In this week’s top story, Federal Education Minister, Simon Birmingham, met with State and Territory counterparts in Adelaide on Friday to discuss a new school funding model that will take shape at the beginning of next year. Birmingham said the meeting was a chance for education ministers to indicate which areas of the Federal Government’s proposed evidence-based reforms they could effectively cooperate on. The Federal Government, as well as the Productivity Commission and the OECD, recently presented figures showing that additional funding to schools has not improved overall student outcomes.
In other news, The Safe Schools program is once again under threat, after the NSW Parliament debated whether or not to scrap it on Thursday. The debate was triggered after Liberal MP, Damien Tudehope, presented a petition signed by 17,000 members of Australia’s Chinese community, which urged parliament to abolish the program. Tudehope slammed the program as a “Trojan horse for far-left extremists”, adding that its content was dangerous to children. “No one wants their child to be bullied … but the issue is not about bullying, it's about the content of this program and the manner in which it is being imposed,” he said.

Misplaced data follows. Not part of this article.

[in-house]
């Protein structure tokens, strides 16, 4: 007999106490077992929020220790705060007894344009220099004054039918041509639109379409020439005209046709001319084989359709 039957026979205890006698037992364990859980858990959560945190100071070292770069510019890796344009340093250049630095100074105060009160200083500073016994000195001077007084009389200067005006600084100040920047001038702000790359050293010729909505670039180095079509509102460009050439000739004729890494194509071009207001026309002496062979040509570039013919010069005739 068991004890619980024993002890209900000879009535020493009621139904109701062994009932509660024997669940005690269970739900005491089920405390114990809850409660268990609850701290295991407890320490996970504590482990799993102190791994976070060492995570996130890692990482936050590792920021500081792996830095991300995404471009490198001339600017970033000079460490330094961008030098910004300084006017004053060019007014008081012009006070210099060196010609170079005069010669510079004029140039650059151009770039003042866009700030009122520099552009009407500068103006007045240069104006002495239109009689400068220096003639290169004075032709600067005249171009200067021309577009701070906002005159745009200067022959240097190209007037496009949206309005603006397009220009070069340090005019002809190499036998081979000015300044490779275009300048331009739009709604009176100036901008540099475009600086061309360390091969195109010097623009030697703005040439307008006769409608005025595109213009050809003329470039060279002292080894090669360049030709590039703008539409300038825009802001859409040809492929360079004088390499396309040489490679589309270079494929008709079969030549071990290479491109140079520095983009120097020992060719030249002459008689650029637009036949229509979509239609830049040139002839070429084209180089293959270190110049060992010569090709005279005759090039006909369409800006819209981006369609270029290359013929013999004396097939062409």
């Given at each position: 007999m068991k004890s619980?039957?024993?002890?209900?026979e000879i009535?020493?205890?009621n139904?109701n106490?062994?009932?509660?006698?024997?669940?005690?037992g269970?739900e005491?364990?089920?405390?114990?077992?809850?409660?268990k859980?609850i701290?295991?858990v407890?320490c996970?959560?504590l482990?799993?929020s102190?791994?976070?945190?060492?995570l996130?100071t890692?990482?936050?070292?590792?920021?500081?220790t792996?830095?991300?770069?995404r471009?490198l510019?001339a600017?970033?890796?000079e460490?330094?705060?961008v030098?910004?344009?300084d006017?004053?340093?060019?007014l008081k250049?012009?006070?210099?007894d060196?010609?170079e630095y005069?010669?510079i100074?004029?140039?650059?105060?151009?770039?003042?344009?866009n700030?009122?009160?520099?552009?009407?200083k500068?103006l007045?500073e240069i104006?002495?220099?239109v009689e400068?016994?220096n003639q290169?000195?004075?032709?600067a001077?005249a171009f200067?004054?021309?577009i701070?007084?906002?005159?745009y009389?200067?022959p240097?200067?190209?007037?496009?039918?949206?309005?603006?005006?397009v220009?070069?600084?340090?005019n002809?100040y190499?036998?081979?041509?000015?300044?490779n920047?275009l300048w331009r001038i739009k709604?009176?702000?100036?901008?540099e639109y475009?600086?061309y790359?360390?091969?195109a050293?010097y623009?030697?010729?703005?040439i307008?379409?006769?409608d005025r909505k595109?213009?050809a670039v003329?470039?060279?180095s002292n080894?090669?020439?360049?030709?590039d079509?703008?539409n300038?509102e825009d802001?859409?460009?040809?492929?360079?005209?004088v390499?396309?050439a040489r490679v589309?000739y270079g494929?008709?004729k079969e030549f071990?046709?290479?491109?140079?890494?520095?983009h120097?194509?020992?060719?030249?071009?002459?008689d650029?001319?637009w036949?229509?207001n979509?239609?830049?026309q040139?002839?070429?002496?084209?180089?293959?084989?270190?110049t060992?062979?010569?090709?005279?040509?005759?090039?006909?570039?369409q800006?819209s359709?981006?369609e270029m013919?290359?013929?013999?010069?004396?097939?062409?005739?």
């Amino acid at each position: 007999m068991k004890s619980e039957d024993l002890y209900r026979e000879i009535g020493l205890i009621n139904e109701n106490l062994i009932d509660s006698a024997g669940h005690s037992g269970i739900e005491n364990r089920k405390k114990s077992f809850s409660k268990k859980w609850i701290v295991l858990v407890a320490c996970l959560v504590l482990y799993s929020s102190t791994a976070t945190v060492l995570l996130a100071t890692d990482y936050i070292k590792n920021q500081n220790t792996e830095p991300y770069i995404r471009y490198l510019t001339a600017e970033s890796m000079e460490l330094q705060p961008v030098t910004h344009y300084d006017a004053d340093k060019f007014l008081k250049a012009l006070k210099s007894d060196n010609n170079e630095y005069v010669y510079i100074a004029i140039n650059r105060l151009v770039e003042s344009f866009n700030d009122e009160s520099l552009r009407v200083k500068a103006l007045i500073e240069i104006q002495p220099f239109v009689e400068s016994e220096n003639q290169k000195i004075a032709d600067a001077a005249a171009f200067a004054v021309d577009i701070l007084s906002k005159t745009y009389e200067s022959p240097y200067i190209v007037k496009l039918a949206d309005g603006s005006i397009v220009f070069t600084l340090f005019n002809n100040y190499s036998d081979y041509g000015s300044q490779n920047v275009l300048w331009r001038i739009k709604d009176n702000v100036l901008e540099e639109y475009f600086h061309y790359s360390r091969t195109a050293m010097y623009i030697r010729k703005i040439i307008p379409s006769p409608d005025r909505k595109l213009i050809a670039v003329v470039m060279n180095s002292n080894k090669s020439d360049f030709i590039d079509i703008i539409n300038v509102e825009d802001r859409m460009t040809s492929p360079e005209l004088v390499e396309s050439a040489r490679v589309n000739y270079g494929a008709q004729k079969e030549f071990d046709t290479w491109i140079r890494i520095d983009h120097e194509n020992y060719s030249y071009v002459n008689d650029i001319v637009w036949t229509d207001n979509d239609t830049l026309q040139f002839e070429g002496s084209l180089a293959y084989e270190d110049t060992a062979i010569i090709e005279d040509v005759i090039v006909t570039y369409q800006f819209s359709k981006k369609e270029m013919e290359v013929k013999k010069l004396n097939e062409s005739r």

Finally, new figures showed that the number of HSC students studying maths has plummeted to its lowest level in 50 years. The figures, from the Board of Studies, Teaching and Educational Standards (BOSTES) NSW show that in 2016, just 69.8% of HSC students are studying a maths subject – down from nearly 95% in 1986. Around the country, maths is seen as a focal point of improving STEM outcomes, which have also been steadily declining. Recognising this trend, some states have invested in programs to help turn the tide.